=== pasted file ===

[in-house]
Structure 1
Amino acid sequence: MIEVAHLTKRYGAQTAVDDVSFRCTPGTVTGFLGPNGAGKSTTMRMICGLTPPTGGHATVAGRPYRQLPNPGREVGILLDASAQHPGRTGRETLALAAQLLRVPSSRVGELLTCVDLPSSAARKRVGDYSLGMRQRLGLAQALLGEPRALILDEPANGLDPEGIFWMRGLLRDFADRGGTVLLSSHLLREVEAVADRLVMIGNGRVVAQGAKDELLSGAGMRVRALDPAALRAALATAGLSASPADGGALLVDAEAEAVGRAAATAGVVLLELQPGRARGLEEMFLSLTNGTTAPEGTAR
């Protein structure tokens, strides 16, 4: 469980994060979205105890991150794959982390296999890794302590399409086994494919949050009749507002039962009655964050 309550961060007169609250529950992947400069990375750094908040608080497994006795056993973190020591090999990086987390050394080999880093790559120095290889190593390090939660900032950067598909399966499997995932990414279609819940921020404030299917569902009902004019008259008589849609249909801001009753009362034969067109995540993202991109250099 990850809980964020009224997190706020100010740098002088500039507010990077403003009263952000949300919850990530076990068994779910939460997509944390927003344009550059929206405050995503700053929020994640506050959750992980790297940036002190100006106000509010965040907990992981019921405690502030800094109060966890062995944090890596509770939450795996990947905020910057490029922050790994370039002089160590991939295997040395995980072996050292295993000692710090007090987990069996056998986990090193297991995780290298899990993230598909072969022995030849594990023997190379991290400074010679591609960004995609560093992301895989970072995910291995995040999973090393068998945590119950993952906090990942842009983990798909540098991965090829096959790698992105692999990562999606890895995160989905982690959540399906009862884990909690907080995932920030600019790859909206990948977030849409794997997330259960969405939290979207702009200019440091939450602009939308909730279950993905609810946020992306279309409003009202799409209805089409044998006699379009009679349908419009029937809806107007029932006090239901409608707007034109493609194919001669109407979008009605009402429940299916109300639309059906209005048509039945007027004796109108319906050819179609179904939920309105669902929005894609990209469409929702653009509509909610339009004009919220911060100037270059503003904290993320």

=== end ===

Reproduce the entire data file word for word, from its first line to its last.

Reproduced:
[in-house]
Structure 1
Amino acid sequence: MIEVAHLTKRYGAQTAVDDVSFRCTPGTVTGFLGPNGAGKSTTMRMICGLTPPTGGHATVAGRPYRQLPNPGREVGILLDASAQHPGRTGRETLALAAQLLRVPSSRVGELLTCVDLPSSAARKRVGDYSLGMRQRLGLAQALLGEPRALILDEPANGLDPEGIFWMRGLLRDFADRGGTVLLSSHLLREVEAVADRLVMIGNGRVVAQGAKDELLSGAGMRVRALDPAALRAALATAGLSASPADGGALLVDAEAEAVGRAAATAGVVLLELQPGRARGLEEMFLSLTNGTTAPEGTAR
């Protein structure tokens, strides 16, 4: 469980994060979205105890991150794959982390296999890794302590399409086994494919949050009749507002039962009655964050 309550961060007169609250529950992947400069990375750094908040608080497994006795056993973190020591090999990086987390050394080999880093790559120095290889190593390090939660900032950067598909399966499997995932990414279609819940921020404030299917569902009902004019008259008589849609249909801001009753009362034969067109995540993202991109250099 990850809980964020009224997190706020100010740098002088500039507010990077403003009263952000949300919850990530076990068994779910939460997509944390927003344009550059929206405050995503700053929020994640506050959750992980790297940036002190100006106000509010965040907990992981019921405690502030800094109060966890062995944090890596509770939450795996990947905020910057490029922050790994370039002089160590991939295997040395995980072996050292295993000692710090007090987990069996056998986990090193297991995780290298899990993230598909072969022995030849594990023997190379991290400074010679591609960004995609560093992301895989970072995910291995995040999973090393068998945590119950993952906090990942842009983990798909540098991965090829096959790698992105692999990562999606890895995160989905982690959540399906009862884990909690907080995932920030600019790859909206990948977030849409794997997330259960969405939290979207702009200019440091939450602009939308909730279950993905609810946020992306279309409003009202799409209805089409044998006699379009009679349908419009029937809806107007029932006090239901409608707007034109493609194919001669109407979008009605009402429940299916109300639309059906209005048509039945007027004796109108319906050819179609179904939920309105669902929005894609990209469409929702653009509509909610339009004009919220911060100037270059503003904290993320």